How to Clear Private Data From Your Web Browser
|Published:||Jun 15, 2008|
|Related OS:||OS X / Windows / Linux|
For browsing speed and convenience, your web browser keeps a lot of information about what you've been doing online, but there's a lot of reasons why you might prefer that it not. Maybe you're shopping for a secret gift for a significant other who uses the same computer, maybe you're using a public terminal, or maybe you like your privacy. This article is your guide to what your browser tracks and how to make it "forget" at the end of your session.
What your web browser tracks
CacheAs you surf the web, every page you read, image you see, script that's loaded, and so on, must be downloaded from far-away web servers. Your web browser's cache speeds up your browser by storing some of those things in memory and the hard drive so that the next time you visit the page it won't have to download them all over again. Some things are stored in the cache only for a short while, but others can be stored for weeks or even months depending on your web browser.
Browsing, Form, and Search HistoryFor your convenience your web browser saves a "history" of the pages you've visited in the past week, month, or even longer. This lets you quickly jump to a page you've visited previously without retracing your steps. You can access your History in Firefox under the History menu; in Internet Explorer 7 you can find it by clicking on the small downward arrow next to the "Forward" button. Your web browser also saves values you've entered into web forms and the search box.
Taking control of what your browser tracks
Click on the Tools menu and choose Options... and then click on the Privacy tab. Here you can see all of the sorts of information that Firefox collects and opt in or out of it. You can choose whatever settings you prefer, but I recommend allowing cookies as they're necessary for a lot of functionality on the web these days. If you want some or all of your data to be removed at the end of every session, refer to the options at the bottom under "Private Data." You can choose whether your information should be deleted automatically or if you'd prefer Firefox to ask first, and the Settings... button here lets you choose what will and won't be deleted by default.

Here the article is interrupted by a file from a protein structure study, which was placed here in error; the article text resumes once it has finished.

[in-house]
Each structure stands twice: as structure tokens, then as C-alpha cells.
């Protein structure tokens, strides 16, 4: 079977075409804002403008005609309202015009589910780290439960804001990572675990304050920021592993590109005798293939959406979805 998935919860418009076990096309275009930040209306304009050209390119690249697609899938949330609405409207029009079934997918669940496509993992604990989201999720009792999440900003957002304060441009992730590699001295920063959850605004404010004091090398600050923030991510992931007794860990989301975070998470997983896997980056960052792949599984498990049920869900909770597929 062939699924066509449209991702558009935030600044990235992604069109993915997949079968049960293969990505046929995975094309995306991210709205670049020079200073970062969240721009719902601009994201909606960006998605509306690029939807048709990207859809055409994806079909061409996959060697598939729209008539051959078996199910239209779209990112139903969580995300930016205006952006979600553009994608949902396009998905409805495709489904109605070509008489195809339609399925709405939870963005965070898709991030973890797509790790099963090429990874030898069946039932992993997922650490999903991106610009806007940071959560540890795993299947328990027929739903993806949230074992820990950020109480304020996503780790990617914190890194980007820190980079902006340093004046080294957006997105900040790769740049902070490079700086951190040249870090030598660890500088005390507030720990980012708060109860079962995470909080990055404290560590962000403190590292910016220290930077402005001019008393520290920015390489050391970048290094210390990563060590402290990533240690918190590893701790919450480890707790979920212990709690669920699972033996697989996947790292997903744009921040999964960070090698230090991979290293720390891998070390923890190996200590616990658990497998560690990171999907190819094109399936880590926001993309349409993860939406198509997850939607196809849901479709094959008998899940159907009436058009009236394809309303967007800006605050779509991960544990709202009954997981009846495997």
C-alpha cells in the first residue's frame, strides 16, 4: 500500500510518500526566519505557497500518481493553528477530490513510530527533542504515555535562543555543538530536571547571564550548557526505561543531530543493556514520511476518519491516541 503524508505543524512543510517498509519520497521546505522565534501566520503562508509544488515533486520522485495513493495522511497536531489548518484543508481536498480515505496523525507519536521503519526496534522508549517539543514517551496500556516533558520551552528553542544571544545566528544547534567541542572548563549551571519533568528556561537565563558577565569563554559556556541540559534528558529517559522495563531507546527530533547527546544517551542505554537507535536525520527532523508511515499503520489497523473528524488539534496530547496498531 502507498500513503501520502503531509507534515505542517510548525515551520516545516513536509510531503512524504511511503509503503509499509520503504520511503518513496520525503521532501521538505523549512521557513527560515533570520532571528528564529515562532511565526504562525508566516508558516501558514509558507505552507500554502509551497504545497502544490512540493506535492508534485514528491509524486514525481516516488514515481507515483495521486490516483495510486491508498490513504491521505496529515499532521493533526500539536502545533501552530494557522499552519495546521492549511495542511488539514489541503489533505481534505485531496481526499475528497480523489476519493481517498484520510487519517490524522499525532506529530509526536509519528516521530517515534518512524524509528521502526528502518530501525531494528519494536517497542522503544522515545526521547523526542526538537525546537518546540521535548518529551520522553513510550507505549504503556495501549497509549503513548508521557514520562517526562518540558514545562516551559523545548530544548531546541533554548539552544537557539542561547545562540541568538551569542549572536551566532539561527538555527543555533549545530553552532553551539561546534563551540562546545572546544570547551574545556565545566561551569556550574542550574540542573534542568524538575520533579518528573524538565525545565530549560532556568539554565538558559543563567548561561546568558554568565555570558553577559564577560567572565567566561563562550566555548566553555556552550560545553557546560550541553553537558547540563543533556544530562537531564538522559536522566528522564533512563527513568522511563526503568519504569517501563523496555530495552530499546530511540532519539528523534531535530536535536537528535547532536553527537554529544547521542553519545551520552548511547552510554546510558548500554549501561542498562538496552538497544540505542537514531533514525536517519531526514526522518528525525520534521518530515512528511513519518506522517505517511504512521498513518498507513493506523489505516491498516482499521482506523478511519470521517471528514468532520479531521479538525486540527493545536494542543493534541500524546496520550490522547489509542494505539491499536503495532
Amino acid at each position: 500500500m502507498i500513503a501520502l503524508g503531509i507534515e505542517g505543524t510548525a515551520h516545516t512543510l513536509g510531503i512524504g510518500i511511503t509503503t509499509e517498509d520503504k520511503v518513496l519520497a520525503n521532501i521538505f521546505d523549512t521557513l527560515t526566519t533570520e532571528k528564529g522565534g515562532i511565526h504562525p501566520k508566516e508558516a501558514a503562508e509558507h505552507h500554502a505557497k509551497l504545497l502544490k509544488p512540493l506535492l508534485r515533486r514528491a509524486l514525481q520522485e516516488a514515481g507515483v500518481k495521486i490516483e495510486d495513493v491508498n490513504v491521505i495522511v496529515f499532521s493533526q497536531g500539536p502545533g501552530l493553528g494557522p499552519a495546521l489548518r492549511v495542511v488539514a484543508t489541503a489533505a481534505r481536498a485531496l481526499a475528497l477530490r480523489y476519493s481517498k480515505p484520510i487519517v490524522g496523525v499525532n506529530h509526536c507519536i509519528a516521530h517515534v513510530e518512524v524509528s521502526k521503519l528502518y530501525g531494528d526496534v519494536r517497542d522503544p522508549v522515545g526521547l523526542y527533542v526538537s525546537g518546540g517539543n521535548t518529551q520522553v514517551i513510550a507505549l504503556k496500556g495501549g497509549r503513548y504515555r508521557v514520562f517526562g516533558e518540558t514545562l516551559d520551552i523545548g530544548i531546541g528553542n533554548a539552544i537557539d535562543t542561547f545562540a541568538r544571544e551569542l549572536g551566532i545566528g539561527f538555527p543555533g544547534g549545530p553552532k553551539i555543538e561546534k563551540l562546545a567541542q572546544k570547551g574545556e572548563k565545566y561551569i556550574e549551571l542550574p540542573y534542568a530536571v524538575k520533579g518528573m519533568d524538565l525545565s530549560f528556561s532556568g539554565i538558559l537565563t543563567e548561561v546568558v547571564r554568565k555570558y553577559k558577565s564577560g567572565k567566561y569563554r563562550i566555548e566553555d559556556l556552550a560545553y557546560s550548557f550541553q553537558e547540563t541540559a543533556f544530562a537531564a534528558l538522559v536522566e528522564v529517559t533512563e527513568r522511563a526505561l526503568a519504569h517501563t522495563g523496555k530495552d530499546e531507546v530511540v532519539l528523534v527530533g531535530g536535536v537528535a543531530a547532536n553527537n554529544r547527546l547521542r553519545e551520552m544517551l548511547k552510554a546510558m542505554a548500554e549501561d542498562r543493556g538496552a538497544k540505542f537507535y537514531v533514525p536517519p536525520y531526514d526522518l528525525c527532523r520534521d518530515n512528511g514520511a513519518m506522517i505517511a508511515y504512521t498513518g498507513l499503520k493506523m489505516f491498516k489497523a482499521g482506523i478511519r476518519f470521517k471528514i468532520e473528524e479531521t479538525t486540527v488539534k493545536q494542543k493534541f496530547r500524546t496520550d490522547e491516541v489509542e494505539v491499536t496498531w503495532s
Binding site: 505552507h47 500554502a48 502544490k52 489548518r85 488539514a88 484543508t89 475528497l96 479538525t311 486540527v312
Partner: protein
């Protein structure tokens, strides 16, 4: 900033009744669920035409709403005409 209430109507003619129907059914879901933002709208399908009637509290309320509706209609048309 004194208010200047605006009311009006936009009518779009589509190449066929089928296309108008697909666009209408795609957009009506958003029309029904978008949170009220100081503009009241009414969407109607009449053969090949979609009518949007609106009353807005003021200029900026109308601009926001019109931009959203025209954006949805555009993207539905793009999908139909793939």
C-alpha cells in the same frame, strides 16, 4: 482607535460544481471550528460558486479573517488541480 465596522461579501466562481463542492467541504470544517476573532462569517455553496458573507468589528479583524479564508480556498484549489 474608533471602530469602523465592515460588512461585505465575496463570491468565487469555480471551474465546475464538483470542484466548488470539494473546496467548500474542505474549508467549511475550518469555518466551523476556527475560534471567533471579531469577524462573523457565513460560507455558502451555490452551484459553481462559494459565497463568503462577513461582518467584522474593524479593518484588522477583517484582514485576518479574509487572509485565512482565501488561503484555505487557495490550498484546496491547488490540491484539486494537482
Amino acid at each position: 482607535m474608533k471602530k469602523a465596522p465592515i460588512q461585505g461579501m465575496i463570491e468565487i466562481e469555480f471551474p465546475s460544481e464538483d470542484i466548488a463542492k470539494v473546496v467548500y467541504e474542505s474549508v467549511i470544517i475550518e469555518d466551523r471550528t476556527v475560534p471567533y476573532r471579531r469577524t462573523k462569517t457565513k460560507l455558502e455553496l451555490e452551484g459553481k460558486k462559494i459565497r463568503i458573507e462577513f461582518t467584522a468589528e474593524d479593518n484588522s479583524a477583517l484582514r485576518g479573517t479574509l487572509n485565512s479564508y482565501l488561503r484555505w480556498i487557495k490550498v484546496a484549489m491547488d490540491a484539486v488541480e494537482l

Deleting personal data in Mozilla Firefox
Under the Tools menu click on Clear Private Data..., or you can press Ctrl-Shift-Del. The dialog that appears will let you choose which items you want to delete. Check the items you want to delete and click on Clear Private Data Now and it will be done.
Internet Explorer 7
In Internet Explorer 7, click on the Tools menu and choose Internet Options. There, like in Firefox, you'll find a Privacy tab, which is where you'll find the cookie settings. Move the slider up and down to change how different sorts of cookies will be handled--each level is explained in detail to the right of the slider. If you wish to get technical you can click on Sites to black- or whitelist cookies from specific sites, or Advanced to choose your own settings instead of using the slider.
To control how IE7 treats your history and cache (which it calls "Temporary Internet Files"), go to the General tab, where you can click on Settings under Browsing History. Here you can change when and for how long IE will save things in your cache, and below you can change the number of days things will be stored in your cache.
Finally, there's the information that you've entered into form fields, the settings for which can be found on the Contant tab. Click on the Settings button under AutoComplete. There you can control what data is stored.
Deleting personal data in Internet Explorer 7
To wipe your personal data from IE7, click on the Tools menu and choose Delete Browsing History... Here you're presented with buttons to delete your Temporary Internet Files (cache), cookies, history, saved form input, and stored passwords, or all at once. Take care when doing this--once it's done it can't be undone. If you click on the Delete All... button you'll also be given the option to delete information stored by add-ons, so if you've installed a toolbar, for example, and think it might have saved personal information you can use this option. Unfortunately Internet Explorer doesn't give you the option to automatically prompt you to delete information at the end of each session, so you'll have to remember to do it on your own.
Blogger since 1999, Jordan Running went pro in 2005 and never looked back. Sometimes programmer, occasional photographer, and serial tinkerer, he decided to to switch to Linux in 2001 but just hasn't quite gotten around to it yet.